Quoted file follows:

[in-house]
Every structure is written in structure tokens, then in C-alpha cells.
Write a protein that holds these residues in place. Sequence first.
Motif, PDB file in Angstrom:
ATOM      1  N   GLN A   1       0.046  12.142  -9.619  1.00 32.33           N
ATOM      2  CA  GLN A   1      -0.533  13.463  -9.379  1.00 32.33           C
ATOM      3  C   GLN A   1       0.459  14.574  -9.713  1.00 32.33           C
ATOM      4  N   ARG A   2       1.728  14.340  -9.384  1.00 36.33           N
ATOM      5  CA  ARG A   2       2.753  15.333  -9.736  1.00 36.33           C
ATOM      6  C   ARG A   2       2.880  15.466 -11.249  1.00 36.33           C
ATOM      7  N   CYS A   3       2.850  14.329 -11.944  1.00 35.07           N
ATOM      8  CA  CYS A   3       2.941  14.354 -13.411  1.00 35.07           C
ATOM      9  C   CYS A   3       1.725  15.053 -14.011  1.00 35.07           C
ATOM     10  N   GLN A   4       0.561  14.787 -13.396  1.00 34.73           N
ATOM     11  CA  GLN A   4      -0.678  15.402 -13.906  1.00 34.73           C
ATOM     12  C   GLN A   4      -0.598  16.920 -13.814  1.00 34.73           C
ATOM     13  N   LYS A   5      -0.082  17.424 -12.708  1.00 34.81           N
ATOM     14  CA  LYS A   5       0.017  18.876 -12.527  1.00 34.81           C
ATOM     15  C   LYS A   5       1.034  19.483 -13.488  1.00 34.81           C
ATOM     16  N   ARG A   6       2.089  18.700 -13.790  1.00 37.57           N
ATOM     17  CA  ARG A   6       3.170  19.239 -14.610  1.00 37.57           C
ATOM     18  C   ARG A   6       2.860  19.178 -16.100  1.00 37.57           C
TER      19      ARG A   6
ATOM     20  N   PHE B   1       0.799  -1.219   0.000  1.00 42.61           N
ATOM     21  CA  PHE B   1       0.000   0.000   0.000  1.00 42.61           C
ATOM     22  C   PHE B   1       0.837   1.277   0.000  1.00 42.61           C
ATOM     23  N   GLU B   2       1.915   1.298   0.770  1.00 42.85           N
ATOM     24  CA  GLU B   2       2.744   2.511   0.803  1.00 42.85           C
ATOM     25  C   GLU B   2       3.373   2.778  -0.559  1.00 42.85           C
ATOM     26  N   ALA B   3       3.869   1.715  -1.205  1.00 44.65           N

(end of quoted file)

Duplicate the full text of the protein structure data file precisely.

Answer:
[in-house]
Every structure is written in structure tokens, then in C-alpha cells.
Write a protein that holds these residues in place. Sequence first.
Motif, PDB file in Angstrom:
ATOM      1  N   GLN A   1       0.046  12.142  -9.619  1.00 32.33           N
ATOM      2  CA  GLN A   1      -0.533  13.463  -9.379  1.00 32.33           C
ATOM      3  C   GLN A   1       0.459  14.574  -9.713  1.00 32.33           C
ATOM      4  N   ARG A   2       1.728  14.340  -9.384  1.00 36.33           N
ATOM      5  CA  ARG A   2       2.753  15.333  -9.736  1.00 36.33           C
ATOM      6  C   ARG A   2       2.880  15.466 -11.249  1.00 36.33           C
ATOM      7  N   CYS A   3       2.850  14.329 -11.944  1.00 35.07           N
ATOM      8  CA  CYS A   3       2.941  14.354 -13.411  1.00 35.07           C
ATOM      9  C   CYS A   3       1.725  15.053 -14.011  1.00 35.07           C
ATOM     10  N   GLN A   4       0.561  14.787 -13.396  1.00 34.73           N
ATOM     11  CA  GLN A   4      -0.678  15.402 -13.906  1.00 34.73           C
ATOM     12  C   GLN A   4      -0.598  16.920 -13.814  1.00 34.73           C
ATOM     13  N   LYS A   5      -0.082  17.424 -12.708  1.00 34.81           N
ATOM     14  CA  LYS A   5       0.017  18.876 -12.527  1.00 34.81           C
ATOM     15  C   LYS A   5       1.034  19.483 -13.488  1.00 34.81           C
ATOM     16  N   ARG A   6       2.089  18.700 -13.790  1.00 37.57           N
ATOM     17  CA  ARG A   6       3.170  19.239 -14.610  1.00 37.57           C
ATOM     18  C   ARG A   6       2.860  19.178 -16.100  1.00 37.57           C
TER      19      ARG A   6
ATOM     20  N   PHE B   1       0.799  -1.219   0.000  1.00 42.61           N
ATOM     21  CA  PHE B   1       0.000   0.000   0.000  1.00 42.61           C
ATOM     22  C   PHE B   1       0.837   1.277   0.000  1.00 42.61           C
ATOM     23  N   GLU B   2       1.915   1.298   0.770  1.00 42.85           N
ATOM     24  CA  GLU B   2       2.744   2.511   0.803  1.00 42.85           C
ATOM     25  C   GLU B   2       3.373   2.778  -0.559  1.00 42.85           C
ATOM     26  N   ALA B   3       3.869   1.715  -1.205  1.00 44.65           N